Carrie Beth Waghorn is a light. The world, as it is today, can seem dark, or at best, hazy, requiring us to squint our eyes until something like love or goodness peers through. Waghorn is, with every piece of art she creates, shining just a little bit more light into that haziness.
"When you are an artist who paints nude women, it's less about nudity as a statement and more about the fullest expression of self love and acceptance," says Waghorn, who creates ink paintings of the female form. Waghorn was sexually assaulted at age 14. This experience, one that she didn't acknowledge for many years, informs her work. Some of her women are fully clothed — "In My Pocket" smirks at you from behind pink sunglasses — but most are nude, either in their entirety, or in bits and pieces, like the charming bust of "Budding."
"My story is incredibly personal," says Waghorn. She's upfront about it too — you can read all about the driving force behind her art in her artist's bio.
The words are chilling; you want to turn your eyes away from what happened to Waghorn, a different reaction from what you may experience when viewing her works. Writes Waghorn, "At the age of 14 I became a statistic. When I went to sleep I was myself. I was whole. I emerged from slumber as half a person, as half a girl. My body was there. He was there."
Waghorn says that her story explains the images that she makes. "It's not just about femininity or sexuality, there's a deeper level to it."
Before she started inking nude women, Waghorn worked as an ABA (applied behavior analysis) therapist for children with autism and related disorders. "It was amazing," says Waghorn. "I kept giving and giving and I was really good at it, and I was great at connecting with children. But it reached a point where the burnout was real."
That point coincided with several other points — the sharp, deep kind. "Two years ago was crazy. I quit my job. The girl whose apartment I lived in had to move out, I didn't have a place to live. I went through a really bad breakup. A week after that my mom died. Everything happened at once," she says.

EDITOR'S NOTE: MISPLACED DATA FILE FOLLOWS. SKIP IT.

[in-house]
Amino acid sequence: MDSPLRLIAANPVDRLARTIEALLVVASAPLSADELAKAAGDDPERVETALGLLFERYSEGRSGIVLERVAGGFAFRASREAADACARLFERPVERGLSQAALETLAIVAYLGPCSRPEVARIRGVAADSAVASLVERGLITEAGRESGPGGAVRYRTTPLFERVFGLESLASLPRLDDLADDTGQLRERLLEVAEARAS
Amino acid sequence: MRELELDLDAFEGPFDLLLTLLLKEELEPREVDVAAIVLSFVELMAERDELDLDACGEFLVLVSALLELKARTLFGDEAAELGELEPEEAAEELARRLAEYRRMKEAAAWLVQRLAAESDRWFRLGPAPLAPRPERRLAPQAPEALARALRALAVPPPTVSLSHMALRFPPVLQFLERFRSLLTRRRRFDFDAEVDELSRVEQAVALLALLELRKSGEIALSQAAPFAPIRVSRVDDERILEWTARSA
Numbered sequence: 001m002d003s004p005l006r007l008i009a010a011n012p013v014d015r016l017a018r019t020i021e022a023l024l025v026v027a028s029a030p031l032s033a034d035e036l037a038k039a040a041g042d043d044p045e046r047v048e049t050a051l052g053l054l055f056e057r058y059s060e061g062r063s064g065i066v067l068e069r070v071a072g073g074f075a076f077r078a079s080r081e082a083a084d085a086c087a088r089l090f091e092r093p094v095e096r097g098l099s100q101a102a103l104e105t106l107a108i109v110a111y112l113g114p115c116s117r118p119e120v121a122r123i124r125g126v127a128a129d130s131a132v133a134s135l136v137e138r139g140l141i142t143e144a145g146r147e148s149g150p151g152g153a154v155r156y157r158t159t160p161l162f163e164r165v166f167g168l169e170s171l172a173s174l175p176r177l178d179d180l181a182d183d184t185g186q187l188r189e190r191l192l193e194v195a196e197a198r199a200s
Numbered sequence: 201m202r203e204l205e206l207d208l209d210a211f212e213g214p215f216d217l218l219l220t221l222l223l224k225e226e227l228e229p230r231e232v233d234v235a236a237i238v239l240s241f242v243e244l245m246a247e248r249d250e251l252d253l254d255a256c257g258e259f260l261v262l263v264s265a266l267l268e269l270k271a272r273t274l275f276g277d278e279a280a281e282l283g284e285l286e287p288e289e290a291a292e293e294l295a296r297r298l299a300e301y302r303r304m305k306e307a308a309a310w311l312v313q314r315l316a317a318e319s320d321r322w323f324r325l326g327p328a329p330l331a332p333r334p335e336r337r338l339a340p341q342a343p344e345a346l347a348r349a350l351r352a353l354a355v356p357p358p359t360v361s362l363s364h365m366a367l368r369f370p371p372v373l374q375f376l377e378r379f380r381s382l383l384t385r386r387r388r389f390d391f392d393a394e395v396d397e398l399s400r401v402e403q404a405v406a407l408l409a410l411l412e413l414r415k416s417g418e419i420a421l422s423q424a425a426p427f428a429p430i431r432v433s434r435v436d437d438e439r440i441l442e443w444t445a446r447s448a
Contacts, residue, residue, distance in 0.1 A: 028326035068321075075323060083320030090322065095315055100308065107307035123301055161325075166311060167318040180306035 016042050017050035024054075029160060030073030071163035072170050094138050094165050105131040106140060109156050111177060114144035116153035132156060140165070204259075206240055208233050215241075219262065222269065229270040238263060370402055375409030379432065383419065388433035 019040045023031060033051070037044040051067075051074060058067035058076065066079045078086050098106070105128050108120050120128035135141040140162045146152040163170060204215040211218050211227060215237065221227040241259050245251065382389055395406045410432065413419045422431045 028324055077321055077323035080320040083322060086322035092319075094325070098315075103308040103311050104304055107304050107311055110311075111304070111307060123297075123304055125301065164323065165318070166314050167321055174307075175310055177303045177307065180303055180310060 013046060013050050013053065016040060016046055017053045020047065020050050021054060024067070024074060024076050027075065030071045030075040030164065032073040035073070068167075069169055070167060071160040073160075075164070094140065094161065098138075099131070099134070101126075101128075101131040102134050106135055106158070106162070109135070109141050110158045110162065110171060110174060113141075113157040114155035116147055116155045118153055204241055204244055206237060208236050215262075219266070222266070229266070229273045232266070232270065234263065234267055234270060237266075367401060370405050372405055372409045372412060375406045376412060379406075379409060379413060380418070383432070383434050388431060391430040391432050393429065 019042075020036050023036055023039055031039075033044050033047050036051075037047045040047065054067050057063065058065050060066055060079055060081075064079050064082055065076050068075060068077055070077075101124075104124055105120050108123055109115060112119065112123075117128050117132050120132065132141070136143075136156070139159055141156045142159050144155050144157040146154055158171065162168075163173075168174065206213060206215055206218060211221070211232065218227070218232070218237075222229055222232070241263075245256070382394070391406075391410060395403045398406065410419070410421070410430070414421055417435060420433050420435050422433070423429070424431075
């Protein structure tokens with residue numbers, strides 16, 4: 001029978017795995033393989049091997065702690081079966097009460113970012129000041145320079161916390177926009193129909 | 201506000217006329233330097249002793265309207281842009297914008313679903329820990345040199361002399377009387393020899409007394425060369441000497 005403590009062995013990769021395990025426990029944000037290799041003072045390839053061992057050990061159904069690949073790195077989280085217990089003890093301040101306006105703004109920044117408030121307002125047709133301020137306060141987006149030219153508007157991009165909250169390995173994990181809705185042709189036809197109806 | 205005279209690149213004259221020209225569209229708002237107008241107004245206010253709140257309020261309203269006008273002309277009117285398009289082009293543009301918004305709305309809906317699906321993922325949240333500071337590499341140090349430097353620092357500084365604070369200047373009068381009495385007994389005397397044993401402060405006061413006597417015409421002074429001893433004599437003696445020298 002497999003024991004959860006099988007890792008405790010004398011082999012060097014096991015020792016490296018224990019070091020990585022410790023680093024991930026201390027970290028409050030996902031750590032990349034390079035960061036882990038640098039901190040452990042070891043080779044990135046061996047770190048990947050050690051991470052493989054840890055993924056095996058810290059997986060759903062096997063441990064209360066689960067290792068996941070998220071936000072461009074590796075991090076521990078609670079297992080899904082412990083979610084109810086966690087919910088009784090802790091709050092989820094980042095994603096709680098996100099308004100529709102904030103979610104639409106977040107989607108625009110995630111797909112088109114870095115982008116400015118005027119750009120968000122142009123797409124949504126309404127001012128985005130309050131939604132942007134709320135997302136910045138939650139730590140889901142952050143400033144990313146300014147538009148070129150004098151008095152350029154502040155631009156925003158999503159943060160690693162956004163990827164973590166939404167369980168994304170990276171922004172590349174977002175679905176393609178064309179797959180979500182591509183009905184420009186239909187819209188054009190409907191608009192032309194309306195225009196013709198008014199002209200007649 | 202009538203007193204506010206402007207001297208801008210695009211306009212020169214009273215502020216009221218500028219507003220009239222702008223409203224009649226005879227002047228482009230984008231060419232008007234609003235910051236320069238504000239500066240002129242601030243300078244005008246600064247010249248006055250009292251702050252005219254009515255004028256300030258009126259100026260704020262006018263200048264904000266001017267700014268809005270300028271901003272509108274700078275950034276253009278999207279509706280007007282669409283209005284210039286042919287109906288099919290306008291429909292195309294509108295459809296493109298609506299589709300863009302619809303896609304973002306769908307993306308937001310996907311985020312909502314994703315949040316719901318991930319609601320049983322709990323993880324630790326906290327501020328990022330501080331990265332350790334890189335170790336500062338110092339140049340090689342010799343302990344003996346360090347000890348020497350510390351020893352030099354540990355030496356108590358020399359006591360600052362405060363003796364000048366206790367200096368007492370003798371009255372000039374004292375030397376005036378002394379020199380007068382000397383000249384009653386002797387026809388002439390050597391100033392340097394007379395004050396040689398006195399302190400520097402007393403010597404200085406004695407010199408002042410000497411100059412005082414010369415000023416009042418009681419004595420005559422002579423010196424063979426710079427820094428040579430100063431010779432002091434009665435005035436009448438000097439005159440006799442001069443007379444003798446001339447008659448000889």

"I still feel like I'm processing it on a daily basis," she continues. "Experiencing that loss has generated a lot of space, and it's, 'How do I fill this space?'"
Waghorn started creating art — filling empty spaces — as an untaught artist. "What really made me decide to move away from the 9-5 was just kind of following an instinct. I think my experience when I was 14 was a part of that," she says. Waghorn is clearly talented, taught or not, and she says that a huge part of her art is the process involved in making it.
- “Empress Of” (detail)
"Something that has been super awesome was figuring out my process, and figuring out why I was doing that," she says. "It involves a lot of music, a lot of yoga. It was never really something I planned, it just sort of evolved. If you were to watch me paint you would probably think I looked like a crazy person."
The movement Waghorn incorporates in her artistic process shines through in the fluidity of her women, and in nude photographs of Waghorn creating (you can check them all out on her website, carriebethwaghorn.com). The images are gorgeous and create a context for work that most viewers don't normally have access to. We can thank Allie Monday, the photographer behind Greenville, S.C.'s LadyGroove, for the images.
"She discovered me on Instagram," says Waghorn. "She does via photos for women what I do via ink. I met her on a whim and I just went there with an open mind."
Monday is a woman-centered boudoir photographer who wants to document "a loving relationship between you and your body." Her Instagram is filled with amazing, light-filled images — check out the handle, ladygroove.
Waghorn's experience with Monday was one she's had in which she begins to move away from her sexual assault. "I kind of overidentified with that," says Waghorn. "Coming out of that now, it's not about identifying as a survivor or victim, it's just part of who I am. If anything I think I'm grateful for it. It's allowed intense healing, empathy, and connection to women who are feeling the same thing."
And Waghorn wants to transcend her own experience when connecting to women — she has a bigger plan in mind that would give back to others in the same way she's been able to give back to, and nurture, her own self. "I'm trying to get into textiles," says Waghorn. "My idea is to create a brand/blog that is Humans of New York combined with textiles combined with the empowerment of women." Waghorn laughs when describing her plan, but she's all business when it comes to putting things into action. "I want to call it the World Ink Project, WIP, which also stands for work in progress and women in power. I've got this power acronym going on. If I generate enough profit I would love proceeds to go to a women's shelter," says Waghorn.
Until then, though, Waghorn has shows planned at Sullivan's Island's Show and Tell Art and Design and downtown's Meyer Vogl Gallery. She's in between series now, working on textiles, painting nude with her cat in her home studio, continuing to let out what she's discovering inside of herself. "Experiencing something outside of your consent is traumatic," says Waghorn. "They way you use it can be incredibly healing."